Please note that while each site below shares something positive, they are all unique and as with people of all walks of life, each author expresses their own point of view.

My Beautiful Bow — An Adoption Story | Wallingford – seattlepi.com.

When Autistic Children Become Adults – NYTimes.com.

The Importance of Forgiveness

IMG_5023I truly believe if we remain angry, we risk becoming the bullies as mentioned in my previous blog, about the emotional scars of bullying. There have been many posts over the internet about how people believe kids should handle bullies. Previously, I commented on a parentdish.com post regarding a father in Florida, who found out someone bullied his daughter on the bus.

I briefly mentioned this in my previous post, Lessons of Forgiveness. I feel I need to do another post about forgiveness because someone commented immediately after me, and suggested that kids need to learn martial arts and then just beat up the bullies.

This is my response:

  1. I have to wonder how many people who respond really understand that the victims of bullying are often children with some form of disability, whether physical or learning or neurological, and they are victims of multiple people at once, not just one person.
  2. Any martial art that allows that level of defense takes years to learn. While I certainly think bullies need consequences, I don’t think physical force is the answer.
  3. The girl, whose father defended her, had cerebral palsy, so it seems unlikely that she would be able to defend herself in this way.
  4. Isn’t recommending this line of defense again implying that the victim has the responsibility to defend herself while the bully has no responsibility?
  5. Shouldn’t we change this climate of blaming the victim?
  6. Shouldn’t we reward people who speak up for themselves and for others, instead of allowing kids to abuse them on a bus or anywhere else?

The whole climate of the school needs to change to one of rewarding good behavior, and especially rewarding those who stand up for others.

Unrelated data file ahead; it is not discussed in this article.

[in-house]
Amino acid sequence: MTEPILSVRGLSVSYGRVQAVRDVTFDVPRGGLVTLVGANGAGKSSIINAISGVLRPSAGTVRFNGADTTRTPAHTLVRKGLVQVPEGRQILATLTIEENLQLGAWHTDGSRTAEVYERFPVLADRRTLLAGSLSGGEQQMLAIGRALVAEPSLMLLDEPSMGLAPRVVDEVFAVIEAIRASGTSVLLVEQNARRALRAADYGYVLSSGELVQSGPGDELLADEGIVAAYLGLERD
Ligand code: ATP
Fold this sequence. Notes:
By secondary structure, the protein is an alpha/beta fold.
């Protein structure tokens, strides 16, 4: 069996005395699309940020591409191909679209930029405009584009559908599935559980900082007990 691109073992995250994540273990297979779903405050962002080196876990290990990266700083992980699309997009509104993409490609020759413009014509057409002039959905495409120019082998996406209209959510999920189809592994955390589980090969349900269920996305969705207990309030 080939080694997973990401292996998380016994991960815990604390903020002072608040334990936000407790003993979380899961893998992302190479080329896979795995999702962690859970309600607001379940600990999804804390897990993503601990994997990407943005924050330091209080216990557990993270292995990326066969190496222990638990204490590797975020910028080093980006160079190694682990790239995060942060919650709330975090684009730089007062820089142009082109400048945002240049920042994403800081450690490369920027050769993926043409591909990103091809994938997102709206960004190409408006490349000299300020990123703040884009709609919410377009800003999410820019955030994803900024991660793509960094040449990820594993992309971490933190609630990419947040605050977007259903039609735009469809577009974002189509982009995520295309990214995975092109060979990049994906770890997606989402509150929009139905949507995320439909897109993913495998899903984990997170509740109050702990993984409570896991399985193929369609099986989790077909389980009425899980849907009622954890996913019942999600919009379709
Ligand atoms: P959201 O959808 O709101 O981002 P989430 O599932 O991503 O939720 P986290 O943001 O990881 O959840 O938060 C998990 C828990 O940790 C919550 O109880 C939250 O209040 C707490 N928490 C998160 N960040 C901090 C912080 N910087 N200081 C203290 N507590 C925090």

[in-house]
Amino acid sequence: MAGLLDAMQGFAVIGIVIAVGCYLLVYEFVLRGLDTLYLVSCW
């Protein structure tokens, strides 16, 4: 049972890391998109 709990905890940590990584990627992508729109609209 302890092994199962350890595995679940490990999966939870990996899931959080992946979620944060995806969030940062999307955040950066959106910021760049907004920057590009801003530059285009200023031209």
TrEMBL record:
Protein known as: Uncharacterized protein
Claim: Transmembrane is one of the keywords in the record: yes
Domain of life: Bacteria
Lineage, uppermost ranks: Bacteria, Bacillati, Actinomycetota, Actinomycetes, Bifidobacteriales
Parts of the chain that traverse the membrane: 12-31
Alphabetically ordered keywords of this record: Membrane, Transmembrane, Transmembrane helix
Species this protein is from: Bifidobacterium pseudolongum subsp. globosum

I think we as a society have a responsibility to teach our kids that being mean is wrong. My parents and my teachers taught me that being mean to anyone is wrong. I need to be clear that this does not imply that we have to require kids to be friends with everyone.

However, we do need to teach them to respect others including those they do not like for whatever reason. They need to know that talking over others, turning their backs on them, or spreading rumors about them is wrong. Civilized societies usually have rules about being polite, yet somehow our society is failing miserably in teaching this to a significant population of our children.

My goal is not to punish the kids who have not been taught to be kind. I have to forgive the kids and work to educate them instead; otherwise I would become the bully. I think we have to change our society from elementary school up so that our kids learn there are consequences to their actions. We also have to educate the parents, as it is their job to insure their kids grow up to be good citizens.  

If the parents need help with this, then maybe we should refer them back to reading the terms of agreement before signing up for social networks. Most do not allow for harassment, defamation of character, or invasion of privacy. I believe there are still laws in our states regarding this as well. Parents too have to understand that their kids’ actions have consequences. They need to understand that they are legally accountable for their children’s actions, and as a society we should hold parents accountable.

This does not let schools off the hook. I fully expect my kids’ schools to protect them while they are under their watch, and if they don’t then they too are accountable. Even if a girl’s father hasn’t reported an incident to the school, the school still has to protect his daughter. So, please don’t just tell me the dad overreacted by getting angry, and assume that lets the school off the hook. The dad reacted with anger because he was angry. Who wouldn’t be? Anger is not always a bad thing, especially if we turn our anger to positive action. Violence and bullying are always bad however.

I’ve had to work at forgiving the people who hurt my loved one, and believe me it hasn’t been easy. It certainly didn’t happen the moment I heard about the bullies’ behavior. It’s a process and one I still work at every day.

I think it is important enough to work at this, because I really have no desire to become like the bully. I want to be able to look at myself in the mirror, and say I’m really doing my best. I don’t want anger to consume me, for that is what anger does. It’s the reason we have terrorist and wars. It’s why there are genocides in our world.

Holding on to anger until it consumes us is our true enemy. Forgiveness is essential to avoid this. Therefore, I work at forgiveness while I try to make positive changes to protect the innocent.

Mahalo for listening,

D. S. Walker